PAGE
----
Synthetics can give you the look and feel of wood without some of wood's drawbacks. Most synthetic wood is a pressure treated laminate. The surface is virtually impenetrable, making it safe against moisture, and heavy traffic. Synthetics do not require additional sealing or finishing. Some synthetics are also resistant to burning, fading, denting, and/or stains. Some brands to consider are Pergo, Congoleum, and Wilsonart.
Stone floors last a long time and don't require a lot of maintenance. They're easy to clean with a broom and a mop, and they can look stunning. On the down side, stone floors can be quite expensive. The flooring material itself is costly, and they usually require a reinforced subfloor. Stone floors can also be cold to the touch, so you may end up spending extra on under-floor heating as well. However, once they do warm up, they retain warmth well. Lastly, stone floors can be noisy to walk on and will reflect (echo) other noises in the home. They are available in synthetics as well.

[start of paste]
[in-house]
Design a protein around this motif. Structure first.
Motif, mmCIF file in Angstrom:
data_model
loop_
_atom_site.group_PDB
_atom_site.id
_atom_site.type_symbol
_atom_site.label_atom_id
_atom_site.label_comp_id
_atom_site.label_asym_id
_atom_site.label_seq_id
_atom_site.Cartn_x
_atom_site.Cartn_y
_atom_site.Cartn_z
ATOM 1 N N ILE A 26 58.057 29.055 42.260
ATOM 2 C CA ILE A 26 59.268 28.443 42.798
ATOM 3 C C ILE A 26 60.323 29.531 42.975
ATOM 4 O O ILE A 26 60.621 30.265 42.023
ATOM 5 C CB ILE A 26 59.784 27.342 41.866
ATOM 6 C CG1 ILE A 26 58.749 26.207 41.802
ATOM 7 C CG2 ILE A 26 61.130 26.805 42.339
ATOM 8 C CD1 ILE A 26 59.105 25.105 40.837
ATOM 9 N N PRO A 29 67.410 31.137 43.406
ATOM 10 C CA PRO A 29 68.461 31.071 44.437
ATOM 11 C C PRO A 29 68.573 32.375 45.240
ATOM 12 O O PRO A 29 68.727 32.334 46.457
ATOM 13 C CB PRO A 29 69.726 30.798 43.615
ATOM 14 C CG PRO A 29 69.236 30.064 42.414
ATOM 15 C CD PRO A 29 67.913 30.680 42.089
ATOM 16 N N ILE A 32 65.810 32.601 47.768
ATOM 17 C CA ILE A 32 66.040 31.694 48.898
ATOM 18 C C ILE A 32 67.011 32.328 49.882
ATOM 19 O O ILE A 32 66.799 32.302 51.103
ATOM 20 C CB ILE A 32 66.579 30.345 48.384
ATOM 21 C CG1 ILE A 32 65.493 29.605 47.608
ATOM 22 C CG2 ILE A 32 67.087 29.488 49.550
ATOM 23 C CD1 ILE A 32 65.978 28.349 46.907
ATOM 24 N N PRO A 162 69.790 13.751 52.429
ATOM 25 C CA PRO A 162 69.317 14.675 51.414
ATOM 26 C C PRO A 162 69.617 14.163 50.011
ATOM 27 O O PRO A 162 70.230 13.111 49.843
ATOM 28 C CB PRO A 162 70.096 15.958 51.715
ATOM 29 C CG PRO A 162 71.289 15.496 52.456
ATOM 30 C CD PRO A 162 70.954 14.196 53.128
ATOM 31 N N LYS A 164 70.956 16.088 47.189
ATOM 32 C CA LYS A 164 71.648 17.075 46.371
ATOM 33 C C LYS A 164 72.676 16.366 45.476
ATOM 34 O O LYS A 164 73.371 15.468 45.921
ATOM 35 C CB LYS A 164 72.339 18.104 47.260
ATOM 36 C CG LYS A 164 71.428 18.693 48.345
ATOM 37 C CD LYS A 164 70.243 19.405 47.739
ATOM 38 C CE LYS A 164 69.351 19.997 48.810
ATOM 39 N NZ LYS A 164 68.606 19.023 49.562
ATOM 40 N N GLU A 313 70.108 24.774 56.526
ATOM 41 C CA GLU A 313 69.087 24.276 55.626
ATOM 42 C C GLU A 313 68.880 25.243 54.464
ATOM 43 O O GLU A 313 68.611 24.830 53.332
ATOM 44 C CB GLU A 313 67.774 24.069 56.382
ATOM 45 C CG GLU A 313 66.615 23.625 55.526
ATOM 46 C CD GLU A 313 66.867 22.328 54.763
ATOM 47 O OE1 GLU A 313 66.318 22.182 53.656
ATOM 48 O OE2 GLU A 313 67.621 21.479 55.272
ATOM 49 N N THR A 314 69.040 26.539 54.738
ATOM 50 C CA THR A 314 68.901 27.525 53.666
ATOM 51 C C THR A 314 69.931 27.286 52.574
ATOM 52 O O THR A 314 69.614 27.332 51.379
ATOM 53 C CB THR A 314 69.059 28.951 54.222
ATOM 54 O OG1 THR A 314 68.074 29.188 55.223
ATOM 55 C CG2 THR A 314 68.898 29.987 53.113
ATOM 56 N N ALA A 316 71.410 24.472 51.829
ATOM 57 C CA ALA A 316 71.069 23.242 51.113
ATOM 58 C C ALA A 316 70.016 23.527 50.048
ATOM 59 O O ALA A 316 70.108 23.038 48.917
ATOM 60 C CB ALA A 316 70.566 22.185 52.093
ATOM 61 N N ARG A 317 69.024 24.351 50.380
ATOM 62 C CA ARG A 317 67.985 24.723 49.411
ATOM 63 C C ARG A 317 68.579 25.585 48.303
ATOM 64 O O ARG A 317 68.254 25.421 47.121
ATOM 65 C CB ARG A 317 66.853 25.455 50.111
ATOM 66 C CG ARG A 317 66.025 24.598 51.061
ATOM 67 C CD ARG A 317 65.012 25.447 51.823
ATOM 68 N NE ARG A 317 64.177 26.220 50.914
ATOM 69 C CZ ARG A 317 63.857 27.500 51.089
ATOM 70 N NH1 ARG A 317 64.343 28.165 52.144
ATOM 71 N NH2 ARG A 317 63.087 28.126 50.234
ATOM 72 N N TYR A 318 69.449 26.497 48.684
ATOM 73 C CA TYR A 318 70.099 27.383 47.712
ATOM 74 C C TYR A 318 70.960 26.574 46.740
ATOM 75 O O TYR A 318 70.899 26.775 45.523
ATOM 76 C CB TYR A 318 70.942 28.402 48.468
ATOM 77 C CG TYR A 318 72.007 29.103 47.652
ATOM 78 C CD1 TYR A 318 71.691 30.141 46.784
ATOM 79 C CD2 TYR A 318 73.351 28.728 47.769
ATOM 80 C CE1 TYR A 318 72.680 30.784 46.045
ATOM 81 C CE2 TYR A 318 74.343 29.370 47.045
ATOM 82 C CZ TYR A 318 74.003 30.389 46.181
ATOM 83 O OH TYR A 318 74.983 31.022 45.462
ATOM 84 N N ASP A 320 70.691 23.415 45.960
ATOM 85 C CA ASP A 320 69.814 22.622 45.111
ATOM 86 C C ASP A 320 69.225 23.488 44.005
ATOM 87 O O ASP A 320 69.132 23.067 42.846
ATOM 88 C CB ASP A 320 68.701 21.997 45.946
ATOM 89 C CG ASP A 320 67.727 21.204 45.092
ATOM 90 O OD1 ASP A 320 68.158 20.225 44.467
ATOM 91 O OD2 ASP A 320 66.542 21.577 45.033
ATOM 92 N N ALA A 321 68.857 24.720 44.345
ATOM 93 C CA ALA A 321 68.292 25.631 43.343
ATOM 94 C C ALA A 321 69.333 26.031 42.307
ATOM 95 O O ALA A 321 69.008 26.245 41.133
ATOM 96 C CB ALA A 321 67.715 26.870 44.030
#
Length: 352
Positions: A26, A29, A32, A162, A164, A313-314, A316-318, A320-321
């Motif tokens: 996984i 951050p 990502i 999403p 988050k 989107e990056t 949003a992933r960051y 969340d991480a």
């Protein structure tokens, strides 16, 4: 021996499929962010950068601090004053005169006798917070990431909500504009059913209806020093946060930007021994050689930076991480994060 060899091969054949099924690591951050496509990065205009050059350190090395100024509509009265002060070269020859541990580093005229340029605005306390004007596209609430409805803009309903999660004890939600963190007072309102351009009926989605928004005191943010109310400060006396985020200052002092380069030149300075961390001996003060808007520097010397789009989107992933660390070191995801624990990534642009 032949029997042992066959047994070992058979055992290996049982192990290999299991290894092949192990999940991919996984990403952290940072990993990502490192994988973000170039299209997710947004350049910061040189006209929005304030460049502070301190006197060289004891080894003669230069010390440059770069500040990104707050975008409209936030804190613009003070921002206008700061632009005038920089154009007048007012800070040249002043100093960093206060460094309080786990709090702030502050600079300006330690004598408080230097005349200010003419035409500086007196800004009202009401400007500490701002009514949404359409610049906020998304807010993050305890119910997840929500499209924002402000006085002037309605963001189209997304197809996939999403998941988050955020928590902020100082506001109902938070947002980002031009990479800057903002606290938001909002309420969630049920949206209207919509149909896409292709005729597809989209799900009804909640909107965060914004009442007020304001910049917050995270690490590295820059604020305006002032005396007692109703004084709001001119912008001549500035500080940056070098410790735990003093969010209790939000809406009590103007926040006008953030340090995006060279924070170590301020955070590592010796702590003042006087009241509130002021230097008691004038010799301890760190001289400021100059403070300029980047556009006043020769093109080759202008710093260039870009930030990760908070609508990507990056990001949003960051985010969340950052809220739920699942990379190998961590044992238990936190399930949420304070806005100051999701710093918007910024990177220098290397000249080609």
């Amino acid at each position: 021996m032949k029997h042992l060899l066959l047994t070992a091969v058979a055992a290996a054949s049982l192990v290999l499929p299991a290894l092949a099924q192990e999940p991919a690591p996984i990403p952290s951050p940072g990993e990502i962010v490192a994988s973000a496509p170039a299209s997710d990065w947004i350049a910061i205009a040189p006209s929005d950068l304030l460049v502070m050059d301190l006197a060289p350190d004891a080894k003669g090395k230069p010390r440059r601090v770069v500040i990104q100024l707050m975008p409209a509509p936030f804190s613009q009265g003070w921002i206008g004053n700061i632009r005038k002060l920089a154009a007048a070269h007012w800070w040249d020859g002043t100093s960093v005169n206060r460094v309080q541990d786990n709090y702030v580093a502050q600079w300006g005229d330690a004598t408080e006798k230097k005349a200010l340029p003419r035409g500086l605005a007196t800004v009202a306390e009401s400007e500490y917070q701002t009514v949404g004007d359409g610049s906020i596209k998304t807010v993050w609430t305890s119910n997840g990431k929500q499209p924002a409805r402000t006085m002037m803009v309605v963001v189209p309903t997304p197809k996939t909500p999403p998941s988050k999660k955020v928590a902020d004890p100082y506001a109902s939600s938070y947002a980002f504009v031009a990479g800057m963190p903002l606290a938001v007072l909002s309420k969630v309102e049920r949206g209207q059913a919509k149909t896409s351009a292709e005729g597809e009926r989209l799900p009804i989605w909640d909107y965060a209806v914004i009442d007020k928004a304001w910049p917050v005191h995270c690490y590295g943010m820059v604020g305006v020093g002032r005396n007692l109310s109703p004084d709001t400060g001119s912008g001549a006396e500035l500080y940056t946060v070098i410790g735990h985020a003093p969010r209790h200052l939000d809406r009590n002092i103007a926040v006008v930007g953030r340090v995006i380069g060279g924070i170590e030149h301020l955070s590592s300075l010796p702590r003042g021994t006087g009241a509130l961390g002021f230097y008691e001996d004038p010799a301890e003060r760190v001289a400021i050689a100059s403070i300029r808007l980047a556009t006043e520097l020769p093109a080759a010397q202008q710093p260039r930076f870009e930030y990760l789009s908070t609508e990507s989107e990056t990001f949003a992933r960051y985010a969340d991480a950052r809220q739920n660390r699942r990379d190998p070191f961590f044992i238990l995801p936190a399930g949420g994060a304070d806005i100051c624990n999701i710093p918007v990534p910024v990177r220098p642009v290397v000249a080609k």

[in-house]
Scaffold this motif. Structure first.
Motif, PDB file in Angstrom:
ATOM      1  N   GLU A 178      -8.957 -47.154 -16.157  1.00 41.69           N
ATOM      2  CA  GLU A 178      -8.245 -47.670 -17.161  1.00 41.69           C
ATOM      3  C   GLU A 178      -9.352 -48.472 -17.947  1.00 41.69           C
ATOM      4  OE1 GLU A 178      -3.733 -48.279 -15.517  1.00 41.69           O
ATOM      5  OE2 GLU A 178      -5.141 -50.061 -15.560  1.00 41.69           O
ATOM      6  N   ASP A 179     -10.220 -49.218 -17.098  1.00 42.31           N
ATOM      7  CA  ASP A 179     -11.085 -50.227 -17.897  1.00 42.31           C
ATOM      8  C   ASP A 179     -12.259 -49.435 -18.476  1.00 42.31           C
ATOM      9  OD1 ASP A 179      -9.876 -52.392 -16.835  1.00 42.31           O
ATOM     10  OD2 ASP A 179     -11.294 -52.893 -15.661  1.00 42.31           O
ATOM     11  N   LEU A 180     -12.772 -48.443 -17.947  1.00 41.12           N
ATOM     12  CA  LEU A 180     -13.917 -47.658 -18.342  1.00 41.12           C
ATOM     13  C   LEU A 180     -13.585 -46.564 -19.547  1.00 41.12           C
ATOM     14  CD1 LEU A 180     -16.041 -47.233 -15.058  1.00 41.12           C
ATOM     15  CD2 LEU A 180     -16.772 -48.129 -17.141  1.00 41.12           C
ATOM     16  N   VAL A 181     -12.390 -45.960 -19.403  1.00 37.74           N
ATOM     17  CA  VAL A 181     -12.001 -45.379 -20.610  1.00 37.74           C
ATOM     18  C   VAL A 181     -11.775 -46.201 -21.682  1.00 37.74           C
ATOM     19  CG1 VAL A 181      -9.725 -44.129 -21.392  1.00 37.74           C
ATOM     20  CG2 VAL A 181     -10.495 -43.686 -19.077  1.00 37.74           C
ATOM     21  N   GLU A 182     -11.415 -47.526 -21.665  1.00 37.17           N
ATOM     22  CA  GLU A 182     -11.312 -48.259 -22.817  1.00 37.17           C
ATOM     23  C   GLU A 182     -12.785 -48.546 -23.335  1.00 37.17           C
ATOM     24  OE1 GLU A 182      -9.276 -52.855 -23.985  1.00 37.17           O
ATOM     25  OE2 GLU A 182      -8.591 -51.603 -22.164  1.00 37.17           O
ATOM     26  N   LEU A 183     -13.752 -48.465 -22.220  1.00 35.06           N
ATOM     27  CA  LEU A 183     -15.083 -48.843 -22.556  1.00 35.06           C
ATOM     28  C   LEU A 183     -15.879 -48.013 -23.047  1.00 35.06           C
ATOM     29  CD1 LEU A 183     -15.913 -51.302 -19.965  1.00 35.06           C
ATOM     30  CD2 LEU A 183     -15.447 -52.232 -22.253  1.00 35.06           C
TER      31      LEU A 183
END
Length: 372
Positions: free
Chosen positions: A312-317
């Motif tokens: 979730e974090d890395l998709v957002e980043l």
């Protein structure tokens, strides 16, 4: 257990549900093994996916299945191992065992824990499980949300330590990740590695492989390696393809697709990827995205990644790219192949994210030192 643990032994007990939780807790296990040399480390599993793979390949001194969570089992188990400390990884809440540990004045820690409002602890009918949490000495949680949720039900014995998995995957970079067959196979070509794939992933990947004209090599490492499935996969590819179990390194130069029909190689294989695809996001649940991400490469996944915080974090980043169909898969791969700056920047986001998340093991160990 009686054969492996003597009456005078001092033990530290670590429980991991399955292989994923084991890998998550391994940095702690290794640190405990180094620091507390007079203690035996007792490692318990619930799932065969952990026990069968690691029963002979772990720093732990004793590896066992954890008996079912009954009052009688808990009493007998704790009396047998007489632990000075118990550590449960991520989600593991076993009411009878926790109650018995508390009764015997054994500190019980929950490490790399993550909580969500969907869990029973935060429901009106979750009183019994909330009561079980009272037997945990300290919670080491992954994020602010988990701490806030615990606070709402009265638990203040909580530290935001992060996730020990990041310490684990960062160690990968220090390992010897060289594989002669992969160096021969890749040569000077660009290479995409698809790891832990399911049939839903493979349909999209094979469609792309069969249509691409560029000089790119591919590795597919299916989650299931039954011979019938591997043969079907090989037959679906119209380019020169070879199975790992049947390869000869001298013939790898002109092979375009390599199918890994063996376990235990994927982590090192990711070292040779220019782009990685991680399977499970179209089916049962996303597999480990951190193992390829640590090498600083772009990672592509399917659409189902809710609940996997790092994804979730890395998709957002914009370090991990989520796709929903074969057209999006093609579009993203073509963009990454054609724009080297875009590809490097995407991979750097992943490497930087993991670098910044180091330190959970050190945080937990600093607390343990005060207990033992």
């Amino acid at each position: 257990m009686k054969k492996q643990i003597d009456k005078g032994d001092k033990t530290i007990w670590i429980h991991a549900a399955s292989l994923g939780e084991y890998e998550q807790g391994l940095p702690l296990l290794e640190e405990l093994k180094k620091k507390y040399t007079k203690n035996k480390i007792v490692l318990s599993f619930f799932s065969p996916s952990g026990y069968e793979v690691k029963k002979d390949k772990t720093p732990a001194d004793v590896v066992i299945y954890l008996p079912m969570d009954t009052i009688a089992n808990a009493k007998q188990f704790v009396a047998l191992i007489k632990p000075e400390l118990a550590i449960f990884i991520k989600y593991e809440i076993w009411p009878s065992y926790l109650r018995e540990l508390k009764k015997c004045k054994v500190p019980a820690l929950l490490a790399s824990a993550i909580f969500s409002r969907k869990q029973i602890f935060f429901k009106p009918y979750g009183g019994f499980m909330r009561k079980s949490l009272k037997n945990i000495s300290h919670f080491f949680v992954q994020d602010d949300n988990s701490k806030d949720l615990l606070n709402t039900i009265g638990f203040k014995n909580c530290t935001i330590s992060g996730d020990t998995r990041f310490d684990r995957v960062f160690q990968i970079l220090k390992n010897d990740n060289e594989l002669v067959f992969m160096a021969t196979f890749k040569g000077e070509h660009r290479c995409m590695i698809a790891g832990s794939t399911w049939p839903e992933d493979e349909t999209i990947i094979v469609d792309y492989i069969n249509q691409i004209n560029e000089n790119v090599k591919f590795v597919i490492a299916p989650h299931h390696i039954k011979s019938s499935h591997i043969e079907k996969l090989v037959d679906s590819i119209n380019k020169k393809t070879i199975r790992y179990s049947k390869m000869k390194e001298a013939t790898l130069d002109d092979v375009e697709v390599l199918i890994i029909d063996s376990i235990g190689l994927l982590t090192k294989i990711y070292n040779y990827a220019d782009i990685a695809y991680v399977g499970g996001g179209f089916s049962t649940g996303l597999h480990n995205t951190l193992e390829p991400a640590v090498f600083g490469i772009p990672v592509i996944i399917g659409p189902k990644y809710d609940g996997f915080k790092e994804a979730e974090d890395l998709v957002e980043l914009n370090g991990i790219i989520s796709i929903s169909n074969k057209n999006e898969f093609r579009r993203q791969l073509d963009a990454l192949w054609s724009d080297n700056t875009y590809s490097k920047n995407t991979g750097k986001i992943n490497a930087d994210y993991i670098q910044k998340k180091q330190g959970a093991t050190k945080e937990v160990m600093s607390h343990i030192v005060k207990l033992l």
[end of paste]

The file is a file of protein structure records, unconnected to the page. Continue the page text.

Slate floors are available in sheets and tiles, generally in dark colors without much color pattern. They come in natural grain and honed finishes. The surface is slightly rough and uneven which can make them fussier to clean.
Granite and marble floors are available in block, sheet, or tile. They are more expensive and can be slippery when polished, but the glossy look can be quite attractive.